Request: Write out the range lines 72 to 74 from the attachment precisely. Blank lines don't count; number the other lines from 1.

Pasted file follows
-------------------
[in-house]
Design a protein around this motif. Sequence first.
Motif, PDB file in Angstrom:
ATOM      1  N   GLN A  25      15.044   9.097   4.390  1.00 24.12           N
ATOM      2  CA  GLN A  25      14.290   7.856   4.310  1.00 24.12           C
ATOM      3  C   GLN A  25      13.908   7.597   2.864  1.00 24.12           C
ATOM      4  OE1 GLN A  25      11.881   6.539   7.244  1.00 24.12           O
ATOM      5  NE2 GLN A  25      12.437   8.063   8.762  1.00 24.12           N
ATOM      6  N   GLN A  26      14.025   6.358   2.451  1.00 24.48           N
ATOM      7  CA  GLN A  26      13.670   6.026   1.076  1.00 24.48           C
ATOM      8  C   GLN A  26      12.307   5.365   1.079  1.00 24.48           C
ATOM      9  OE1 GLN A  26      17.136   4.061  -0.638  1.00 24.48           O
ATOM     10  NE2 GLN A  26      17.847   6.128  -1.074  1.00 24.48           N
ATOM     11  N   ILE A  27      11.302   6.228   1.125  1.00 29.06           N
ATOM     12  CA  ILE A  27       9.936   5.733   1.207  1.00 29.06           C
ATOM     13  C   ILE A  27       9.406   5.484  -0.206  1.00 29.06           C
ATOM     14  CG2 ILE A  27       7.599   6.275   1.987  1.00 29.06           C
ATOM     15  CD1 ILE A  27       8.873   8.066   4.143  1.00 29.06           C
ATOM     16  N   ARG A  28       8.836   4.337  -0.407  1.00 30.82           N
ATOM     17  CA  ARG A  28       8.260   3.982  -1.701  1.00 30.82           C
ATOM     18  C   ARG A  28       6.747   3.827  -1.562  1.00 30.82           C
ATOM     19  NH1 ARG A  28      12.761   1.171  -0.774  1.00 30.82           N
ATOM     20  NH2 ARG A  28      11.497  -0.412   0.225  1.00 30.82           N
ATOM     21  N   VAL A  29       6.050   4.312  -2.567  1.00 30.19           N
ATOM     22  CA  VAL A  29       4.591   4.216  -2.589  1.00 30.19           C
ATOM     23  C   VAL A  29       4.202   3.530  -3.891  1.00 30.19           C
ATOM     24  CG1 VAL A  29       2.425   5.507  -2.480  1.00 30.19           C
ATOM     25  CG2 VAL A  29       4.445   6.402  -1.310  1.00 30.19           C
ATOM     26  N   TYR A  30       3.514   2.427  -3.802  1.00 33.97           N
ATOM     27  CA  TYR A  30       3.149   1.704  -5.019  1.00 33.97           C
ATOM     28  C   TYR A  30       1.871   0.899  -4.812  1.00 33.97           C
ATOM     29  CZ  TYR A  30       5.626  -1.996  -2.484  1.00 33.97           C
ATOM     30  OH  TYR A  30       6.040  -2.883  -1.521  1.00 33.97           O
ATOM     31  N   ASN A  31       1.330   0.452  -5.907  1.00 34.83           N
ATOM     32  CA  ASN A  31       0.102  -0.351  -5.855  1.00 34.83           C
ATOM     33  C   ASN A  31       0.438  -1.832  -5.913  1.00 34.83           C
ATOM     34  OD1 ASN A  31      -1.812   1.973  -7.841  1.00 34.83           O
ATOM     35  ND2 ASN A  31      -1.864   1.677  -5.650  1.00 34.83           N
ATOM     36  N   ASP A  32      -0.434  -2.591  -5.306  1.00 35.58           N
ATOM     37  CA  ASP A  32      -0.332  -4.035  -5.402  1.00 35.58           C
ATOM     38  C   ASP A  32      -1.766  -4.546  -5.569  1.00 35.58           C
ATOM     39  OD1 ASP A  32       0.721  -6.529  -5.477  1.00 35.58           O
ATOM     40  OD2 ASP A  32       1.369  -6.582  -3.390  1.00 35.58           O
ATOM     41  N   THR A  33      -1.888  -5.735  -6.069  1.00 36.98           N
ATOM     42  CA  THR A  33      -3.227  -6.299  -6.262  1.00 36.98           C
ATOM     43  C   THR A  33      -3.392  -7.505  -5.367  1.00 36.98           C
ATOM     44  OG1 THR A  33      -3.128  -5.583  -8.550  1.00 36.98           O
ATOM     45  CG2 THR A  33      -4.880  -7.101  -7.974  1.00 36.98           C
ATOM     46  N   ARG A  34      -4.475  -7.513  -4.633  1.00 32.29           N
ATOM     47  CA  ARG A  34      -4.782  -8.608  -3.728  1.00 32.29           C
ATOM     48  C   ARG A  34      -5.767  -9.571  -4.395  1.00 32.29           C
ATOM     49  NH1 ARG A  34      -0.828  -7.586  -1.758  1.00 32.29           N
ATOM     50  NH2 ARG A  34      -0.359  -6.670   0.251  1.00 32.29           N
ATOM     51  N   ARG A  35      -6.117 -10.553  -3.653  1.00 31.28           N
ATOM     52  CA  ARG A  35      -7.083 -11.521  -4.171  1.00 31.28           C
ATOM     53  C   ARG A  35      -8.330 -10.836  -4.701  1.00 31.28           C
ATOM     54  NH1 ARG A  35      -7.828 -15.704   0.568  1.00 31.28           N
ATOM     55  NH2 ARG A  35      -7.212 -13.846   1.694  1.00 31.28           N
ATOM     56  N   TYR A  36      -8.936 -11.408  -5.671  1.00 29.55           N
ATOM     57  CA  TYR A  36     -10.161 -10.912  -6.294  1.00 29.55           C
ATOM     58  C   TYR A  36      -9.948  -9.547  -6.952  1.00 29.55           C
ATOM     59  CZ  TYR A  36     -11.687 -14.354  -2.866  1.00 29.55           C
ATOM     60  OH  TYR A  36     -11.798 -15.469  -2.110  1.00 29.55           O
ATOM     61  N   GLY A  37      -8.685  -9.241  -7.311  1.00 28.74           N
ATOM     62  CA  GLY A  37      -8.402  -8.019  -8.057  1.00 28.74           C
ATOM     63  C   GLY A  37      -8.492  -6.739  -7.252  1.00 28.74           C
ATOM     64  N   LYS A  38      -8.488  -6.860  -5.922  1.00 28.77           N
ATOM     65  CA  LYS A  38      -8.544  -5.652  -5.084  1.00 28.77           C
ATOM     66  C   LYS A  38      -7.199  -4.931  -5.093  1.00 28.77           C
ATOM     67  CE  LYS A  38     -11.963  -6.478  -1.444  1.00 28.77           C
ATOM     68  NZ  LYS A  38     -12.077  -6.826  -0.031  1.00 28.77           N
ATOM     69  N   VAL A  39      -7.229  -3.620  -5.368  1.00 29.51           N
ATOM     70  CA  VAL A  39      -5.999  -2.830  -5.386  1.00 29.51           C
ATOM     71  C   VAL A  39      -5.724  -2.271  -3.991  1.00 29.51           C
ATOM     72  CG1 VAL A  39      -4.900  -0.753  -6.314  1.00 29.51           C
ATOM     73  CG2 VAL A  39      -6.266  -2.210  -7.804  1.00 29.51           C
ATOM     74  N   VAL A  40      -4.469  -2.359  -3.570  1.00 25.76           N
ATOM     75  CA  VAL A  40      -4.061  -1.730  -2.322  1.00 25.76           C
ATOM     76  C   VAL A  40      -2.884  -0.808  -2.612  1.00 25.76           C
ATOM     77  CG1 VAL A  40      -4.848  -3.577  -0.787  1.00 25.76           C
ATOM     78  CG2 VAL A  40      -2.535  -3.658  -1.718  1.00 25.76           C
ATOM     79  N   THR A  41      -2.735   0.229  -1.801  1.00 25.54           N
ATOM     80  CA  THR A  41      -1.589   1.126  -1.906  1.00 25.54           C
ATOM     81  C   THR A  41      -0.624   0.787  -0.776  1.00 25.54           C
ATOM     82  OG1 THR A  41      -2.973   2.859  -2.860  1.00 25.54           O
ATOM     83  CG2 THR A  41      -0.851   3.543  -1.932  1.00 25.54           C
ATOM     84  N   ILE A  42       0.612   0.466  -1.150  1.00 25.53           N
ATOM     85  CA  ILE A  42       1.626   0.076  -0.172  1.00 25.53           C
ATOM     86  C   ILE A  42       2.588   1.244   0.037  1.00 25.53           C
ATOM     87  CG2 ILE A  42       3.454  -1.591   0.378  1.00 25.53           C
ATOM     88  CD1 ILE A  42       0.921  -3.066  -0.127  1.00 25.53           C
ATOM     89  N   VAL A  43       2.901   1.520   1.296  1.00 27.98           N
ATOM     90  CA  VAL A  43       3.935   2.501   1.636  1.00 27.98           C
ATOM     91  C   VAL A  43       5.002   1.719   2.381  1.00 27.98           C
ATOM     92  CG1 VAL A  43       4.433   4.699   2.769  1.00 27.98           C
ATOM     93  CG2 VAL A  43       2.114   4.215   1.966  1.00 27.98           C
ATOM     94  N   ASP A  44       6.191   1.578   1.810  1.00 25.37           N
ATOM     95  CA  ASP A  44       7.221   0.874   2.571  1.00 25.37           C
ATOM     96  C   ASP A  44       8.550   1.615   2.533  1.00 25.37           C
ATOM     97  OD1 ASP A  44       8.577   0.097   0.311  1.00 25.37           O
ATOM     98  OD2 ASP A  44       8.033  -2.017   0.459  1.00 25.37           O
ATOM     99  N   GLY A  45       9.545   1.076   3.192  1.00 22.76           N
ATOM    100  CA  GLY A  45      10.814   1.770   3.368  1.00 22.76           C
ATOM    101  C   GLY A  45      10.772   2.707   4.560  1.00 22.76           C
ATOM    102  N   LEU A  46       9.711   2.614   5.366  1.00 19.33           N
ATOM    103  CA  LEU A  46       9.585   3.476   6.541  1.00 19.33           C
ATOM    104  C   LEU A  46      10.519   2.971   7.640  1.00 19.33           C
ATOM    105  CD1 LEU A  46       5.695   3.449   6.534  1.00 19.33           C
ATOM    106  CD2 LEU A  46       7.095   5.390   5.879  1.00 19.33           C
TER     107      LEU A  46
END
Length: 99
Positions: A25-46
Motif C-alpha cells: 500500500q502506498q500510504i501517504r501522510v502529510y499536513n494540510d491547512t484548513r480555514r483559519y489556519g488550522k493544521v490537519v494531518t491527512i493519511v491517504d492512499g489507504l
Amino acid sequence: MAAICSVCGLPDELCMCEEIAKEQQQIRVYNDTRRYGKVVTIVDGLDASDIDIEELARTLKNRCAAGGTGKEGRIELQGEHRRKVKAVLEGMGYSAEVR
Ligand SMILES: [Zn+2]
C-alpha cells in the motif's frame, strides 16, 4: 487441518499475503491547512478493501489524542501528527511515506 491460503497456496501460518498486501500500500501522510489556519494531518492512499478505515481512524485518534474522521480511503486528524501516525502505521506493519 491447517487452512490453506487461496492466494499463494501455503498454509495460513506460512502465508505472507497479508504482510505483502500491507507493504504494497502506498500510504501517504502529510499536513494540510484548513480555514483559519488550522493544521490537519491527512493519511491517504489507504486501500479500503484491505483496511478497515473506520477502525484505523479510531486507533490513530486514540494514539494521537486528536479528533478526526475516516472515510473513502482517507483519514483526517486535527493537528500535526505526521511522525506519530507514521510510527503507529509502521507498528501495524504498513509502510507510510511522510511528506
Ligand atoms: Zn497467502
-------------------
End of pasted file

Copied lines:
ATOM     69  N   VAL A  39      -7.229  -3.620  -5.368  1.00 29.51           N
ATOM     70  CA  VAL A  39      -5.999  -2.830  -5.386  1.00 29.51           C
ATOM     71  C   VAL A  39      -5.724  -2.271  -3.991  1.00 29.51           C